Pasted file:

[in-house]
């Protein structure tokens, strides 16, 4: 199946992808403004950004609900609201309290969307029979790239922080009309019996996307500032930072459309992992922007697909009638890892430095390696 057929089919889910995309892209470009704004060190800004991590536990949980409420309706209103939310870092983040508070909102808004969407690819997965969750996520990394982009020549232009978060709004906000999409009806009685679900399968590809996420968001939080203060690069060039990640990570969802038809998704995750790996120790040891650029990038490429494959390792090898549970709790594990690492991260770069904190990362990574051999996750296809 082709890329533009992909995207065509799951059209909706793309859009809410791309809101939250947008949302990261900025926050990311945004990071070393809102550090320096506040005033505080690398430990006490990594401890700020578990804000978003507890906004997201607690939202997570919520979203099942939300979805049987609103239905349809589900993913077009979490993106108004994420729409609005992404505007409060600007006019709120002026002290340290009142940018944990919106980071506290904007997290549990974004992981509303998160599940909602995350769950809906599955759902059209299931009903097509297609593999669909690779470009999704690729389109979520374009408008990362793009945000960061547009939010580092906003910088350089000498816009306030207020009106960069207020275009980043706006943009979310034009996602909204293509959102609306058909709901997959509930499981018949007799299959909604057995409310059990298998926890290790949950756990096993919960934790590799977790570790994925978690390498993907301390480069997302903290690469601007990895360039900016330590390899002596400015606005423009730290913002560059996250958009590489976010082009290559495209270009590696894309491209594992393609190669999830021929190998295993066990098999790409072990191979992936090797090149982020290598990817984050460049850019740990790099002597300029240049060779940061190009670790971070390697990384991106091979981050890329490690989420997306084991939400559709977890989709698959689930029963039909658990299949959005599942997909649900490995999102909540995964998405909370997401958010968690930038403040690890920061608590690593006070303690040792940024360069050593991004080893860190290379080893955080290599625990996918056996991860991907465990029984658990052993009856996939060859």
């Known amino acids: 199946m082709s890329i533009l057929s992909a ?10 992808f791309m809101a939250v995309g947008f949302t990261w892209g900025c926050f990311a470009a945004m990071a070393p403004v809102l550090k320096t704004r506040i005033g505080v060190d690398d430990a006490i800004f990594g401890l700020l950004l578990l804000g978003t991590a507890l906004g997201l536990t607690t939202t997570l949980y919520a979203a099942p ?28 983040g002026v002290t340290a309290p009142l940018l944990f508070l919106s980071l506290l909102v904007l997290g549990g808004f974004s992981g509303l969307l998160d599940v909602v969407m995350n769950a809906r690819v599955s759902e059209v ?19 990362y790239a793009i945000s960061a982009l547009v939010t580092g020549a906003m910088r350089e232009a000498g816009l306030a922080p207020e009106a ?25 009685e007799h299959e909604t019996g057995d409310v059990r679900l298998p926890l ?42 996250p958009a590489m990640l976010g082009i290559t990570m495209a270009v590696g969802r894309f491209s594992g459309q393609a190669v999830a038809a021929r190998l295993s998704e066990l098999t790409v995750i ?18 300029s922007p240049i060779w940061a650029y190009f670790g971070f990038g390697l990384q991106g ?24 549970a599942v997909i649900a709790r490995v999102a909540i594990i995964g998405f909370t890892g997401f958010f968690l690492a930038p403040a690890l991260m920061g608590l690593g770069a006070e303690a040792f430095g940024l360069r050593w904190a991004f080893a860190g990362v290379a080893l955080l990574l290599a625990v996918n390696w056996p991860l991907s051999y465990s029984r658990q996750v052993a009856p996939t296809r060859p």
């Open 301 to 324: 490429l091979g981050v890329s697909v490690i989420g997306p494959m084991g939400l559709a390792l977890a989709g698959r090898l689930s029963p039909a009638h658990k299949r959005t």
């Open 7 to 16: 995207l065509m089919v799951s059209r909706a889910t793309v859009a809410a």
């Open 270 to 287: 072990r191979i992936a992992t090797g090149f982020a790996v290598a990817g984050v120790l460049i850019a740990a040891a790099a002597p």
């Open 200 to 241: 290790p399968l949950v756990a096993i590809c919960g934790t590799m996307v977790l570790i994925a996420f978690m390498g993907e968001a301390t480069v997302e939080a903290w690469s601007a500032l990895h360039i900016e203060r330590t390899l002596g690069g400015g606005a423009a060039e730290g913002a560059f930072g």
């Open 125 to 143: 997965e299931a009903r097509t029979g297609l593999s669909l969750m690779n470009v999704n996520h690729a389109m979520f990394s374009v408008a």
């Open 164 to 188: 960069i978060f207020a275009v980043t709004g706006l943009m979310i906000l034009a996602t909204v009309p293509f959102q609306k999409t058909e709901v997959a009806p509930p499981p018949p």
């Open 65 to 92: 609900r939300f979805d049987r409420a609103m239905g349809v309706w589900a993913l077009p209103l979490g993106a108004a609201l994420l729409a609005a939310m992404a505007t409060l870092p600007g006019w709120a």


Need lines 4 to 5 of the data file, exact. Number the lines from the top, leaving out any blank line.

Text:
């Open 301 to 324: 490429l091979g981050v890329s697909v490690i989420g997306p494959m084991g939400l559709a390792l977890a989709g698959r090898l689930s029963p039909a009638h658990k299949r959005t």
């Open 7 to 16: 995207l065509m089919v799951s059209r909706a889910t793309v859009a809410a």